Wreckage of the MV22 Osprey near Nago in Okinawa on December 15, 2016. (© Jiji)

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The House of Representatives passes legislation allowing for construction of “integrated resorts,” paving the way for the introduction of casinos as part of multi-use facilities including hotels and meeting rooms. The government will announce further necessary legislation.

Russian President Vladimir Putin attends a summit with Prime Minister Abe Shinzō on December 15 and 16 in Nagato, Yamaguchi Prefecture, and Tokyo. While the meeting fails to resolve the Northern Territories issue, the two leaders announce an agreement to begin talks on joint economic activities in the disputed territories as an important first step toward concluding a peace treaty.

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Real Madrid defeat Kashima Antlers 4-2 after extra time in the Club World Cup final in Yokohama. Midfielder Shibasaki Gaku scores the goals for the Antlers, representing Japan, who are the first Asian team to reach the final of the competition.


The government formally decides to decommission the Monju fast-breeder reactor, operated by the Japan Atomic Energy Agency, in Tsuruga, Fukui Prefecture. It will maintain its fuel-recycling policy and aim to develop a new fast reactor.

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A South Korean foundation, established following the December 2015 “comfort women” agreement between Japan and South Korea, announces that by the end of the year 31 surviving victims will have received payments of 100 million won (around ¥10 million) each. This means that approximately two in three of the 46 surviving women have accepted payments from funds set up using ¥1 billion provided by the Japanese government.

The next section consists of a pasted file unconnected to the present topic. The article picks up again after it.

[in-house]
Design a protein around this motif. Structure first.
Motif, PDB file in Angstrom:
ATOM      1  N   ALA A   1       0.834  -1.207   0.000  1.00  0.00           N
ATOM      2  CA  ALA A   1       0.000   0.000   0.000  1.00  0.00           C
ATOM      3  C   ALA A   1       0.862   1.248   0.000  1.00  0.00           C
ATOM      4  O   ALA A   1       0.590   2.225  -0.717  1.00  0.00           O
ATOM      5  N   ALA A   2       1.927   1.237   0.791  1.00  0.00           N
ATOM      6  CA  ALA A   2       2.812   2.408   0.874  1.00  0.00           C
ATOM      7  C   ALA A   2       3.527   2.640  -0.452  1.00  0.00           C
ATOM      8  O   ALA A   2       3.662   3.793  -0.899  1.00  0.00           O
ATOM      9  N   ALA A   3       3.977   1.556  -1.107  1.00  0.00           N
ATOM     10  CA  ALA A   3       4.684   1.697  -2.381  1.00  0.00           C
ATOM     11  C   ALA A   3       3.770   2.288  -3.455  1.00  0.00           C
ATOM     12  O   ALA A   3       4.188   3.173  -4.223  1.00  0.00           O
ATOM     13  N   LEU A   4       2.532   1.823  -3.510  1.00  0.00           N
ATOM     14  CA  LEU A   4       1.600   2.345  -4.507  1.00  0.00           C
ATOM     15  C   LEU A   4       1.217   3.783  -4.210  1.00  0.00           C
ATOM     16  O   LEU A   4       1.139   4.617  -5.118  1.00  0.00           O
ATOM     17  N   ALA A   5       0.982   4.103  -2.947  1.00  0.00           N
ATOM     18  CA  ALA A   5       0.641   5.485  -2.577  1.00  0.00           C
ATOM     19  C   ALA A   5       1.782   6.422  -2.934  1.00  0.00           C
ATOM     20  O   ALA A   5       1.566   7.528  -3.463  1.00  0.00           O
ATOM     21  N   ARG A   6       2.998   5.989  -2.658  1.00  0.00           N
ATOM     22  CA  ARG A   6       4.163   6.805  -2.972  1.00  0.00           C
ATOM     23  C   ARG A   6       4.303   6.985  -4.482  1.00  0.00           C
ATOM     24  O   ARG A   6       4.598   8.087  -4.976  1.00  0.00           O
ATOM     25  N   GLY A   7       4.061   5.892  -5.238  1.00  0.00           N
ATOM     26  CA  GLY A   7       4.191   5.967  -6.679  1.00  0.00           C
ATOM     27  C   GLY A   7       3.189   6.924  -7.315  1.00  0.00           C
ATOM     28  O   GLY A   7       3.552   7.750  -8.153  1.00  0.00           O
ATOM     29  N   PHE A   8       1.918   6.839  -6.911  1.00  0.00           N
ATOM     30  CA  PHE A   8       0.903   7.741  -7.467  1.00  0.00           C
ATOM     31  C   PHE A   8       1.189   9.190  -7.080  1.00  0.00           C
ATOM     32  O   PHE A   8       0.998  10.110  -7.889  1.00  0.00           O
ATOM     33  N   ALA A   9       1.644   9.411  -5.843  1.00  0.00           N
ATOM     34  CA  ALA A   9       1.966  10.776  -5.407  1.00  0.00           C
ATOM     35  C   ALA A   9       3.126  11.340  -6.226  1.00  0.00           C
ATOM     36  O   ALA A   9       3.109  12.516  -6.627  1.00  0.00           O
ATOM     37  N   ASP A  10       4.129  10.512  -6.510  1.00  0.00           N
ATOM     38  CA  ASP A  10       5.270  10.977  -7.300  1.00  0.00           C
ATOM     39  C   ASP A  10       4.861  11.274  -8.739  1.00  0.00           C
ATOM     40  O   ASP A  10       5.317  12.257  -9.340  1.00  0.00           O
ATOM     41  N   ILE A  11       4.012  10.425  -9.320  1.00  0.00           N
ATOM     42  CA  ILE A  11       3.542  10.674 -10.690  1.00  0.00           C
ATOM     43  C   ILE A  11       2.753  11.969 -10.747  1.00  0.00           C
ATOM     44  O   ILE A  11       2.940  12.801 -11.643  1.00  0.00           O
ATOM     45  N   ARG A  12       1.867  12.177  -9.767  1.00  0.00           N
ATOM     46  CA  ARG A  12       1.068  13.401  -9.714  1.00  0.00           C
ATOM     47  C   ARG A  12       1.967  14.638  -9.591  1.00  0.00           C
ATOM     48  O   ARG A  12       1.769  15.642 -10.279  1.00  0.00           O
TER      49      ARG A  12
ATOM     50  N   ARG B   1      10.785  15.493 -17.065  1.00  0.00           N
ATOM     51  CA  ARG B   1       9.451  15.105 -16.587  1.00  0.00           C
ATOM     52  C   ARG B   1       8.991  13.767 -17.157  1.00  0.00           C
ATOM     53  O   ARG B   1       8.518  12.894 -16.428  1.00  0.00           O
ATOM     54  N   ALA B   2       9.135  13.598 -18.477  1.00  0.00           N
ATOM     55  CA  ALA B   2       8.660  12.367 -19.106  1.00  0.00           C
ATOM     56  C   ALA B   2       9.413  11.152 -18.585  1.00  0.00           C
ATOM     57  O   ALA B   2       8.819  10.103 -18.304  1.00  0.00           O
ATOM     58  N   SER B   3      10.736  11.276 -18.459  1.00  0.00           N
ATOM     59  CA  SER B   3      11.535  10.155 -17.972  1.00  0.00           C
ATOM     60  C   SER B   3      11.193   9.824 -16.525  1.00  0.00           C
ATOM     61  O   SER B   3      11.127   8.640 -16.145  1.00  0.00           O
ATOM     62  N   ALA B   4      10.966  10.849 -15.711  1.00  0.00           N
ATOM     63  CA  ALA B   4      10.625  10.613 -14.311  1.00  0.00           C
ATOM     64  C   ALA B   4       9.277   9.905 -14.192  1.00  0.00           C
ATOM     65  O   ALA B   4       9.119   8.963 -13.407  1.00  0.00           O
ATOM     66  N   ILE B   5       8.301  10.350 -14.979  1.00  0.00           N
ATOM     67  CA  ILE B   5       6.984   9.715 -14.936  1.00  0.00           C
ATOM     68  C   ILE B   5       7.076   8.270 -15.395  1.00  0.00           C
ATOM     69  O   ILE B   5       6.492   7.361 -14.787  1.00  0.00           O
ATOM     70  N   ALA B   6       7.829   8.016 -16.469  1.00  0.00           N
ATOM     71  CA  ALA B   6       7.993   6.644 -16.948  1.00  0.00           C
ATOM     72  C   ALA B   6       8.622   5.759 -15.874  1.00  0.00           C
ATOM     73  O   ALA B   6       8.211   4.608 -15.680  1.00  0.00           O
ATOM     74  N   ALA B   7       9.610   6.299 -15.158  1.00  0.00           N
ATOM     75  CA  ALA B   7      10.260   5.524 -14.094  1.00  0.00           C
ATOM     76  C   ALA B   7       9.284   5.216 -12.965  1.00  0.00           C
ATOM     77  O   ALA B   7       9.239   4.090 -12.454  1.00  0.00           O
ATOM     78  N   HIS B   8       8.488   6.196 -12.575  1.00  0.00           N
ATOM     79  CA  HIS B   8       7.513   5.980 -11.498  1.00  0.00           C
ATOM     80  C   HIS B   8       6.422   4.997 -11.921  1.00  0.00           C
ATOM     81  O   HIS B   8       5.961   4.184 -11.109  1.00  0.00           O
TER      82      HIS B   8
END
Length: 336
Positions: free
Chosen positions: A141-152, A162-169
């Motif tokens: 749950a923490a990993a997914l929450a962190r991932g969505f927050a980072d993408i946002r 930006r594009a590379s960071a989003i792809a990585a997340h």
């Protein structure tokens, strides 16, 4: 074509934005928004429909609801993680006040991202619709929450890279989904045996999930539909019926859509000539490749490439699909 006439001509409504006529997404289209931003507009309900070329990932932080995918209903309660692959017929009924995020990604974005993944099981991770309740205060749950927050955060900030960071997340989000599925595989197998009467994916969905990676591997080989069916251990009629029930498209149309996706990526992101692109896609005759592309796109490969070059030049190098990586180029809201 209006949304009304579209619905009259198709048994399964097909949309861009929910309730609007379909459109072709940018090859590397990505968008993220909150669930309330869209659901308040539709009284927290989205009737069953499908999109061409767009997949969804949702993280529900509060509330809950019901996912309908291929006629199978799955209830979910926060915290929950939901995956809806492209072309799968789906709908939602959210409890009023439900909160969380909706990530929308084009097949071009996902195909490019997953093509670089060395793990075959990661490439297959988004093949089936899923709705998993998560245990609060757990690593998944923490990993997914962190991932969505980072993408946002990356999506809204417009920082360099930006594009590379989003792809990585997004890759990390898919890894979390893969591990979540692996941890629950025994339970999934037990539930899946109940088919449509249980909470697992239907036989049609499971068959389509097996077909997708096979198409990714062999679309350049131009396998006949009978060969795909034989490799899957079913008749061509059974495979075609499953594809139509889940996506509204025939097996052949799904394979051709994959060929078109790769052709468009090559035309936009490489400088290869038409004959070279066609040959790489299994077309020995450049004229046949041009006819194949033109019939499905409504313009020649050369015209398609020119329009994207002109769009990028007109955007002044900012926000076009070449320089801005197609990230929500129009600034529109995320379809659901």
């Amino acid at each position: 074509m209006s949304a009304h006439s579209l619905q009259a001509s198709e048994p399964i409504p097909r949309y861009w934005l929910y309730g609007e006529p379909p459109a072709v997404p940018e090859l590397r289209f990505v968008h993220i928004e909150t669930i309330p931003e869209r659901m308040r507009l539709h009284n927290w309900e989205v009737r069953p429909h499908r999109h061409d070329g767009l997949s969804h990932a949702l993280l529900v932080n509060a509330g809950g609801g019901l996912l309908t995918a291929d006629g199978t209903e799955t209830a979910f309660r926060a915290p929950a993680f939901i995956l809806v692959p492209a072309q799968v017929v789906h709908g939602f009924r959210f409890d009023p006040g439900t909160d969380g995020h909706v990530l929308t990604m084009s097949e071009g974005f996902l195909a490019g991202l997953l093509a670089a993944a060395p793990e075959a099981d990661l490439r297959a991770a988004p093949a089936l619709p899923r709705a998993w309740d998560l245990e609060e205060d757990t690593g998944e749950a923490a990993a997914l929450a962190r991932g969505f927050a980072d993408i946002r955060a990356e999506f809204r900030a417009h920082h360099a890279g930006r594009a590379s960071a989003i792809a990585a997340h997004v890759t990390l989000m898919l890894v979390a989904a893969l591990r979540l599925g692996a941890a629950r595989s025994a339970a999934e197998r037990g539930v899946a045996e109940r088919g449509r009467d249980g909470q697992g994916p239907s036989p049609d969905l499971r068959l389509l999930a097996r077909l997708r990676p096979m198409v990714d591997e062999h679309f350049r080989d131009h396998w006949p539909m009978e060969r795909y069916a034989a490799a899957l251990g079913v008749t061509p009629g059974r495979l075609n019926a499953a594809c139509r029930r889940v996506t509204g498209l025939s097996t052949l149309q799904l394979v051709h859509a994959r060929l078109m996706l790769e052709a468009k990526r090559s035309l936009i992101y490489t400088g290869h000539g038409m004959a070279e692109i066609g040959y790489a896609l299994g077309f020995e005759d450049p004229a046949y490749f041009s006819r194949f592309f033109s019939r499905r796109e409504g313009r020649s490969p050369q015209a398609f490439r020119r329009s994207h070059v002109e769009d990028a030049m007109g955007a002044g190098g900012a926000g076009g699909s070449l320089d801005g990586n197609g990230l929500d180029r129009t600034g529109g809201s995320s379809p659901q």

The government approves a ¥97.5 trillion budget for fiscal 2017, setting a record high for the fifth consecutive year. It will submit the budget in the ordinary Diet session beginning in January 2017 and aims to have it approved during fiscal 2016, which ends on March 31.

Some 150 buildings are destroyed by a fire that starts around half past ten in the morning at a ramen shop in Itoigawa, Niigata Prefecture. The blaze spreads over 40,000 square meters of the city before it is finally contained on the afternoon of December 23. There are no casualties.

A man searches the wreckage of his home on December 26, 2016, following a major fire in Itoigawa, Niigata. (© Jiji)

The US government returns 4,000 hectares of land in Okinawa to the Japanese government. The land comprises more than half of the Northern Training Area, also known as Camp Gonsalves, which is the largest US military facility in the prefecture. Governor Onaga Takeshi does not attend the reversion ceremony in protest at Osprey flights from helipads in the remainder of the training area.


The Chinese aircraft carrier Liaoning and other vessels enter the western Pacific through waters between Okinawa’s main island and Miyakojima. This is the first confirmed deployment of a Chinese aircraft carrier in the western Pacific.
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Prime Minister Abe Shinzō travels to Hawaii to meet with outgoing US President Barack Obama and pay his respects at Pearl Harbor. Abe, while not the first prime minister to visit this part of Oahu, is the first Japanese head of government to participate in a public ceremony with an incumbent US president at the site of Japan’s surprise attack 75 years earlier, as well as the first to visit the USS Arizona Memorial.
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The Tokyo Stock Exchange closes the trading year with the Nikkei average at 19,114.37, a rise of 80.66 from the close of 2015. This marks the fifth straight annual rise in year-end values, but the 0.42% increase is significantly lower than the 9.1% increase in 2015.